Tue10172017

Last updateWed, 11 Oct 2017 3pm

Opinion

Proud to be a “GDI” (G*d D*mn Independent)

gdi jpgdocxI live with the president of a sorority on campus. Next year, I’m living with two girls in that same sorority. So let me preface this by saying that I in no way, shape, or form, am knocking Greek Life. Instead, I propose this: It’s very possible to get through your undergraduate years at Monmouth without being involved in Greek Life.

I transferred schools and I was in a sorority before that happened. I know what it’s like, as most of Greek Life has the same rituals and processes (loosely said). You go through recruitment for girls or rush for the boys, you then pledge for the sorority or fraternity you want, you get initiated and boom: you have fifty close sisters or brothers that you can never imagine your life without. Or can you? 

After transferring schools, the 126 girls that were in my sorority disappeared. Except for one or two of the girls, nobody spoke to me. I didn’t get asked how I was doing or if I was coming back (even though I made it pretty clear I wasn’t). Those girls who I had been so close with seemed to evaporate in thin air just because I was not involved in the sorority anymore. 

Was my pledging, my time, my effort, and my money worth it? No. That is why I fully decided when I came to Monmouth that I was going to be a GDI (also known as a “g*d d*mn independent,” a sarcastic twist on the slang for fraternities and sororities). 

I thought it was going to be difficult – I mean with Greek Life, it’s like an instant set of friends. There’s always someone to get lunch with or go to the mall with.  However, being a GDI has taught me a lot in the six months that I’ve been here. For example, I have time to explore interests that I wouldn’t have time for. 

Greek Life is demanding. Not only do you have weekly chapter meetings and sisterly bonding nights (for sororities, from what I’ve observed) but you also have dues to pay and philanthropy hours to fill. You’re also expected to support other Greeks’ events so as to create your Greek community and on top of that you have to keep up your grades and maintain your relationships with all of the members of your organization – it’s a lot. So much, in fact, it’s almost difficult to be a part of another organization that isn’t Greek Life.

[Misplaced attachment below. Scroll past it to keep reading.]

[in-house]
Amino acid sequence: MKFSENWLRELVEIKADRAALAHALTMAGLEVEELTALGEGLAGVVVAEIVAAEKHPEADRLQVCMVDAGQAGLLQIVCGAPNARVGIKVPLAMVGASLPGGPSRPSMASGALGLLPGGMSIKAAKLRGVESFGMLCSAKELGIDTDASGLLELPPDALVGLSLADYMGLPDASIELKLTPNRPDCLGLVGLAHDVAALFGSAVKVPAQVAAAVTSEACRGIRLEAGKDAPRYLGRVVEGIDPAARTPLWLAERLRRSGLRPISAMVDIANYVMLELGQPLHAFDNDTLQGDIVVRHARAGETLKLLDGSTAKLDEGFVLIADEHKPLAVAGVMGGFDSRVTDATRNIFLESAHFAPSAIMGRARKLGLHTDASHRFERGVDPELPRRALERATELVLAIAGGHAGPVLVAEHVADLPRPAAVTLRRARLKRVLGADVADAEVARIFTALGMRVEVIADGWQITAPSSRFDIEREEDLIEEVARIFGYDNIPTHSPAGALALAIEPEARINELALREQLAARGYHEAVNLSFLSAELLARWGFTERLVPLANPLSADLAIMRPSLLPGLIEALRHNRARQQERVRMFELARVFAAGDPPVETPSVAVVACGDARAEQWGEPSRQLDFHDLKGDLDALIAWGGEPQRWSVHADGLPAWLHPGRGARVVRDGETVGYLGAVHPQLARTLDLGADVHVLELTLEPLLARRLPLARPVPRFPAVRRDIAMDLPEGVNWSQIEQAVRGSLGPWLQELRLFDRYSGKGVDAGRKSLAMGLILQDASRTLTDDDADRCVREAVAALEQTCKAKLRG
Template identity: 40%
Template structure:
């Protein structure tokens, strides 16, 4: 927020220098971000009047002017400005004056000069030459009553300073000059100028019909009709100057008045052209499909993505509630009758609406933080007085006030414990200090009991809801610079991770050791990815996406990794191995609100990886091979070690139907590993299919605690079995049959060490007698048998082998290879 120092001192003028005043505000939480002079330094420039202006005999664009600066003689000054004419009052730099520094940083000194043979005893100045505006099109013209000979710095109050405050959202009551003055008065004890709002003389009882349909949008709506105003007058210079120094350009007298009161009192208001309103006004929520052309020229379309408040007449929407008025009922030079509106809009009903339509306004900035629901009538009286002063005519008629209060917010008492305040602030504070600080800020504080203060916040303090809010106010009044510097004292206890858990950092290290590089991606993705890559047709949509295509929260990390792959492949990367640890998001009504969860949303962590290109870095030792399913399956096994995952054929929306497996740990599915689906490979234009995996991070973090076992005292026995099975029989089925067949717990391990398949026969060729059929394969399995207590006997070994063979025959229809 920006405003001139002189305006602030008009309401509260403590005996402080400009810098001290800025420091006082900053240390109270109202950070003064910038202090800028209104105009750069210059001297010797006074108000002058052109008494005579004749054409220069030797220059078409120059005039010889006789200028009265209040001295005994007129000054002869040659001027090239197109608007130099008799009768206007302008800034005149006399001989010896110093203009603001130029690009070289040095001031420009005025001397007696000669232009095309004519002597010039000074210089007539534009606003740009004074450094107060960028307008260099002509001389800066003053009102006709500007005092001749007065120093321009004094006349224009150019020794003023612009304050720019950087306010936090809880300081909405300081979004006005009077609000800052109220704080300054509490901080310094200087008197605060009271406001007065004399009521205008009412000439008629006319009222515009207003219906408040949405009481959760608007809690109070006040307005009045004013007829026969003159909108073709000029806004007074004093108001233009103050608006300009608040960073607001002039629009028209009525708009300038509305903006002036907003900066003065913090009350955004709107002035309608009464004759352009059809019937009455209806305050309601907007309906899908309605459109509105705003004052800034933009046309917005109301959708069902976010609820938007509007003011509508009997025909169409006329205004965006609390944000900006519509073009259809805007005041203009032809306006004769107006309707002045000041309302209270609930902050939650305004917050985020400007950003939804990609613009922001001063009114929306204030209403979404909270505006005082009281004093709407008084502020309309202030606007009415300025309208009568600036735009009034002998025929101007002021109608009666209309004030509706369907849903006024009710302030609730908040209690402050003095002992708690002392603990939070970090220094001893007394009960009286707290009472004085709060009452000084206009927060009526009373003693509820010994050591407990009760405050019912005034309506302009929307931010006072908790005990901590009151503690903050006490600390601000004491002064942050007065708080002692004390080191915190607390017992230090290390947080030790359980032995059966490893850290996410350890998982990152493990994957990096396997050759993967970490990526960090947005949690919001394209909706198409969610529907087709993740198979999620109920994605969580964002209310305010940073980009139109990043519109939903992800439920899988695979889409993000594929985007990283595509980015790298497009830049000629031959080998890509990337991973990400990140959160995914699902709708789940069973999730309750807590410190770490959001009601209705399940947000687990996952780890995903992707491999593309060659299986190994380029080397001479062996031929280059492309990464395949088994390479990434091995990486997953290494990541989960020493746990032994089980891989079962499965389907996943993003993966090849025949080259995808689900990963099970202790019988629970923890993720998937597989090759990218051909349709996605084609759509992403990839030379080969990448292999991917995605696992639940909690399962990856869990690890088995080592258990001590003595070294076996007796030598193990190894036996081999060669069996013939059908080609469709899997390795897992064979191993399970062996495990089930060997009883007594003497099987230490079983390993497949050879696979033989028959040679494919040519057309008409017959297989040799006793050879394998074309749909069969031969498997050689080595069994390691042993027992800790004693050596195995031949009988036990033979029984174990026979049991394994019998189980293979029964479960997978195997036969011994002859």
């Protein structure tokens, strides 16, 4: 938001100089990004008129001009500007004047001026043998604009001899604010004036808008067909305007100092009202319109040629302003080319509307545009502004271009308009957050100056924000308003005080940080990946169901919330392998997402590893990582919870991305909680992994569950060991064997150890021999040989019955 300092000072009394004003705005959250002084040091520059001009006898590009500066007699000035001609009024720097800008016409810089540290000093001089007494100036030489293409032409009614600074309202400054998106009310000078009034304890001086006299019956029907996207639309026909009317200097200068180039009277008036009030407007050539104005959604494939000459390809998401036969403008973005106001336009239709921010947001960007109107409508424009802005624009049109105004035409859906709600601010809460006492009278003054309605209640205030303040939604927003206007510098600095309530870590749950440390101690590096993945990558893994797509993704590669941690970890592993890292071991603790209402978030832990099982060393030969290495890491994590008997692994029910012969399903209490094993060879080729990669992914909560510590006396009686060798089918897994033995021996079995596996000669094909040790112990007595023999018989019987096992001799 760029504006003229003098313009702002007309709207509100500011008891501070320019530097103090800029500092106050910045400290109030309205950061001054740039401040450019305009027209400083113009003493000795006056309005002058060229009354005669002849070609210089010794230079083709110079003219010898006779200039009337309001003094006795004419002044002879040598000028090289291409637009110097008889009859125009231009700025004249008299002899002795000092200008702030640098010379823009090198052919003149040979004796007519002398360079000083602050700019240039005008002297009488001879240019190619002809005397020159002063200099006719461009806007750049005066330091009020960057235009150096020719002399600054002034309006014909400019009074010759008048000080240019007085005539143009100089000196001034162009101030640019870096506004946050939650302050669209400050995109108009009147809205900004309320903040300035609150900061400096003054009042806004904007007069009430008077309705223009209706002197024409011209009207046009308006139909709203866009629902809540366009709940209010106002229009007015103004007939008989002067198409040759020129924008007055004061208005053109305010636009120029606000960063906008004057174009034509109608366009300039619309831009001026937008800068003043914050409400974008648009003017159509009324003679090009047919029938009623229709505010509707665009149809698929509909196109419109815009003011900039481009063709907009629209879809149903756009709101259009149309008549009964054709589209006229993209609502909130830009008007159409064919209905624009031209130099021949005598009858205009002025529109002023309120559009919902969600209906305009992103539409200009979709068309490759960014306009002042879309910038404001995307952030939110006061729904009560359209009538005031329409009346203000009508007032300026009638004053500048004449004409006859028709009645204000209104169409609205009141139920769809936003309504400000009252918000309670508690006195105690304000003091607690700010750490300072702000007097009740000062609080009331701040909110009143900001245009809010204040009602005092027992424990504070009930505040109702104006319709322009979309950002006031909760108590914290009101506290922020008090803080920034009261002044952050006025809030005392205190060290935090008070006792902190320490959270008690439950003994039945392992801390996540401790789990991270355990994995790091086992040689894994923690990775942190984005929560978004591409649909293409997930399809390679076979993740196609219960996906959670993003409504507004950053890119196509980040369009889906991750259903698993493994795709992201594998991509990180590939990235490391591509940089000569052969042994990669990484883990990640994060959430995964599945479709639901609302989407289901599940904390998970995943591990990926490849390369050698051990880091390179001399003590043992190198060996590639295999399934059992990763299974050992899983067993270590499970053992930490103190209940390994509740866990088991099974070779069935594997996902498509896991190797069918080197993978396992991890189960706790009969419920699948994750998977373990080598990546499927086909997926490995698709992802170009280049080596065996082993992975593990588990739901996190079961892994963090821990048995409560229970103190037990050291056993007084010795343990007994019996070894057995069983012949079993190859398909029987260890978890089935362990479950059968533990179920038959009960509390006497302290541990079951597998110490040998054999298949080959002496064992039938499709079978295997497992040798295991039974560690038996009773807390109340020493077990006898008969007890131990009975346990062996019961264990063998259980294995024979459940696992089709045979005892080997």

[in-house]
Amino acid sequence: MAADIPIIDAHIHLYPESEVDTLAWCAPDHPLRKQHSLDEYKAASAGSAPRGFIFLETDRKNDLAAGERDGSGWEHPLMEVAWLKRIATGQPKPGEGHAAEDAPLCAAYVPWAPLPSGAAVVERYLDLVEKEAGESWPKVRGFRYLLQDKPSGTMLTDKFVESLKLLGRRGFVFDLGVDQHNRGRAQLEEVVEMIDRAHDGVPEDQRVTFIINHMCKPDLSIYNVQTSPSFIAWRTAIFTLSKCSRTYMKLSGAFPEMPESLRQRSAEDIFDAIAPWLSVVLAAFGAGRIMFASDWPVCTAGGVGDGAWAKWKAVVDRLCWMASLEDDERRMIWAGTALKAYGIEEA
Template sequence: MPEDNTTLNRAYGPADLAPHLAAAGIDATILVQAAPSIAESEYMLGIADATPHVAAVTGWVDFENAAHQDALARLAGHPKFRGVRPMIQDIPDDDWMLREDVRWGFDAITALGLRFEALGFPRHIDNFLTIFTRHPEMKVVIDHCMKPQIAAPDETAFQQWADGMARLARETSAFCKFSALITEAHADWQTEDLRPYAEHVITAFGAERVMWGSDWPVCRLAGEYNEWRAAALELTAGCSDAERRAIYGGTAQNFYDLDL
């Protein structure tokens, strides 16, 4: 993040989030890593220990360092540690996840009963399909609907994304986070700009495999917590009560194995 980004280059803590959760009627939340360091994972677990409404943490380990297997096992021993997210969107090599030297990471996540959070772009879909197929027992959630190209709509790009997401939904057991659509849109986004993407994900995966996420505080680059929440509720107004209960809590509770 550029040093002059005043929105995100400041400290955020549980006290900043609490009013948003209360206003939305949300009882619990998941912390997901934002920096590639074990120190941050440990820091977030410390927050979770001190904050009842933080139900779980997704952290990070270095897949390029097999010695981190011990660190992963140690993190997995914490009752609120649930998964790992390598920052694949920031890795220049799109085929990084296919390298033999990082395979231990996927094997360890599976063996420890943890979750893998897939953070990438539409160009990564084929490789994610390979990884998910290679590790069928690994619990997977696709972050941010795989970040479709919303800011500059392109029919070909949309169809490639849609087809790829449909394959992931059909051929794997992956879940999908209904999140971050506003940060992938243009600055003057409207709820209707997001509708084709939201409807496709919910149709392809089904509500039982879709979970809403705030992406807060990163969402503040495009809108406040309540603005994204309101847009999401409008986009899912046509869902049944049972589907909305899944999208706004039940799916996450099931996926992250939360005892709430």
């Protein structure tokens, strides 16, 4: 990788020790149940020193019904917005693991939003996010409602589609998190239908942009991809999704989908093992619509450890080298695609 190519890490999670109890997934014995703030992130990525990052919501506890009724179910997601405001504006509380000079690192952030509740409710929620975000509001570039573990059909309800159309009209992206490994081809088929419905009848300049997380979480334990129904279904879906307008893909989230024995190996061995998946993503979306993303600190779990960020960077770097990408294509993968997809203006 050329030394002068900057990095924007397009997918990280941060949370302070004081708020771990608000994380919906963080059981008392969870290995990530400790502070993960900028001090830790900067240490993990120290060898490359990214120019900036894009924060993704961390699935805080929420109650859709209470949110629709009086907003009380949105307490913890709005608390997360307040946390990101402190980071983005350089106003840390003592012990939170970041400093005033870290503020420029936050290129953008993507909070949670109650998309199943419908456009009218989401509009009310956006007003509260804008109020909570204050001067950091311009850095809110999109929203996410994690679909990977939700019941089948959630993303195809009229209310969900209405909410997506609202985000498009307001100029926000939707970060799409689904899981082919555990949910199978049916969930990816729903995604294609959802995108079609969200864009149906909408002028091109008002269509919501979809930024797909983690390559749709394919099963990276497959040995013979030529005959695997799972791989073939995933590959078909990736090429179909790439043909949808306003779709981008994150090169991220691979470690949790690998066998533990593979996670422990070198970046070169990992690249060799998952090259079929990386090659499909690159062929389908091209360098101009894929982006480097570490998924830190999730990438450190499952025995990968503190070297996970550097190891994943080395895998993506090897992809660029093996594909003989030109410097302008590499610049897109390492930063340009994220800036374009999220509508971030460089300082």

When I ran for executive board for a club, I was more likely to be considered than someone who was involved in Greek Life or planning on being involved simply because I was going to have more time. 

Without Greek Life, I have been able to work five days a week, write articles for The Outlook, and even have my own radio show. Being a GDI enables me to do the things that I want to do as an individual while still being part of a group – WMCX is a great example. Through this organization I have been able to have my individual show all while being a part of a great club. Do I have 50 built in friends? No. But maybe it’s better that way. 

Ultimately, I’m not saying Greek Life is bad – but what people who are so consumed by this often forget is that there is an entire other side to Monmouth. It’s almost impossible to walk through the Student Center and not see a Greek organization fundraising, doing sign ups, or advertising for an event. I’m not even involved in Greek Life and yet I still know all the fraternities and sororities on campus. 

It’s nearly unavoidable to go a day without overhearing a sorority girl speaking of last night’s mixer in class. And while Greek life might seem to maintain a great presence on campus, surprisingly, the GDI presence is stronger – we just need to make ourselves as known as our Greek counterparts. 

Instead of laying back and letting Greek Life be the domineering aspect of Monmouth social life maybe the alternative group of people should get involved. Join a club or audition for theatre.  It may seem overplayed and cheesy, but if the GDI’s don’t maintain a presence on campus, what does that say about Monmouth? It will only have a growing effect on Monmouth Greek Life. 

Going Greek may seem like the social norm, but sometimes being an outsider is that much better. 

IMAGE TAKEN by Urban Dictionary

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